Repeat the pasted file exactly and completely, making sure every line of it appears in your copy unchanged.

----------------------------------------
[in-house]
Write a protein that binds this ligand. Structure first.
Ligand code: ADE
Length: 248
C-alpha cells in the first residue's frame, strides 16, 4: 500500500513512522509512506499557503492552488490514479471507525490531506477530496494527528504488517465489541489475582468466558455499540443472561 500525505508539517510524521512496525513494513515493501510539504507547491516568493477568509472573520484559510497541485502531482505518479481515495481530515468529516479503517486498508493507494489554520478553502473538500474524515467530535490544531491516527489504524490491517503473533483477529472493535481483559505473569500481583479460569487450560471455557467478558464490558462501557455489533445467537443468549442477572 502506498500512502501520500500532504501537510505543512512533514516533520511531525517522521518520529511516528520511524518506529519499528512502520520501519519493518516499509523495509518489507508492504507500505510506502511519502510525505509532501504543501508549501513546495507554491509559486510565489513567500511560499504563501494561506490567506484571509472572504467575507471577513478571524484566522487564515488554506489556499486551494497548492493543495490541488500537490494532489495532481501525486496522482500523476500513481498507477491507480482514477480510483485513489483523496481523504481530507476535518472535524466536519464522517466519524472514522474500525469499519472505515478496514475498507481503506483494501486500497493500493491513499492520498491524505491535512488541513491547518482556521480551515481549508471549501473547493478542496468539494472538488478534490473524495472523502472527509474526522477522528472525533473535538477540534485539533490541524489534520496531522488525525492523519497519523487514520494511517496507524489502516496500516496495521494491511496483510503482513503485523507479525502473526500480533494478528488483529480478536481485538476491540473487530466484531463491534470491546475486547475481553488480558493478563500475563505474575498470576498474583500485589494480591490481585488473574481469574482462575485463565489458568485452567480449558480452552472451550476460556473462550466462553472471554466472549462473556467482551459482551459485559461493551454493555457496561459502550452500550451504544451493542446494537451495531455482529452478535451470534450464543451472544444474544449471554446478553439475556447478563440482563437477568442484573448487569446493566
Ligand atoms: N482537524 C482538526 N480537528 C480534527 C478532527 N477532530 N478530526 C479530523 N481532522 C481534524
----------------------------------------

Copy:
[in-house]
Write a protein that binds this ligand. Structure first.
Ligand code: ADE
Length: 248
C-alpha cells in the first residue's frame, strides 16, 4: 500500500513512522509512506499557503492552488490514479471507525490531506477530496494527528504488517465489541489475582468466558455499540443472561 500525505508539517510524521512496525513494513515493501510539504507547491516568493477568509472573520484559510497541485502531482505518479481515495481530515468529516479503517486498508493507494489554520478553502473538500474524515467530535490544531491516527489504524490491517503473533483477529472493535481483559505473569500481583479460569487450560471455557467478558464490558462501557455489533445467537443468549442477572 502506498500512502501520500500532504501537510505543512512533514516533520511531525517522521518520529511516528520511524518506529519499528512502520520501519519493518516499509523495509518489507508492504507500505510506502511519502510525505509532501504543501508549501513546495507554491509559486510565489513567500511560499504563501494561506490567506484571509472572504467575507471577513478571524484566522487564515488554506489556499486551494497548492493543495490541488500537490494532489495532481501525486496522482500523476500513481498507477491507480482514477480510483485513489483523496481523504481530507476535518472535524466536519464522517466519524472514522474500525469499519472505515478496514475498507481503506483494501486500497493500493491513499492520498491524505491535512488541513491547518482556521480551515481549508471549501473547493478542496468539494472538488478534490473524495472523502472527509474526522477522528472525533473535538477540534485539533490541524489534520496531522488525525492523519497519523487514520494511517496507524489502516496500516496495521494491511496483510503482513503485523507479525502473526500480533494478528488483529480478536481485538476491540473487530466484531463491534470491546475486547475481553488480558493478563500475563505474575498470576498474583500485589494480591490481585488473574481469574482462575485463565489458568485452567480449558480452552472451550476460556473462550466462553472471554466472549462473556467482551459482551459485559461493551454493555457496561459502550452500550451504544451493542446494537451495531455482529452478535451470534450464543451472544444474544449471554446478553439475556447478563440482563437477568442484573448487569446493566
Ligand atoms: N482537524 C482538526 N480537528 C480534527 C478532527 N477532530 N478530526 C479530523 N481532522 C481534524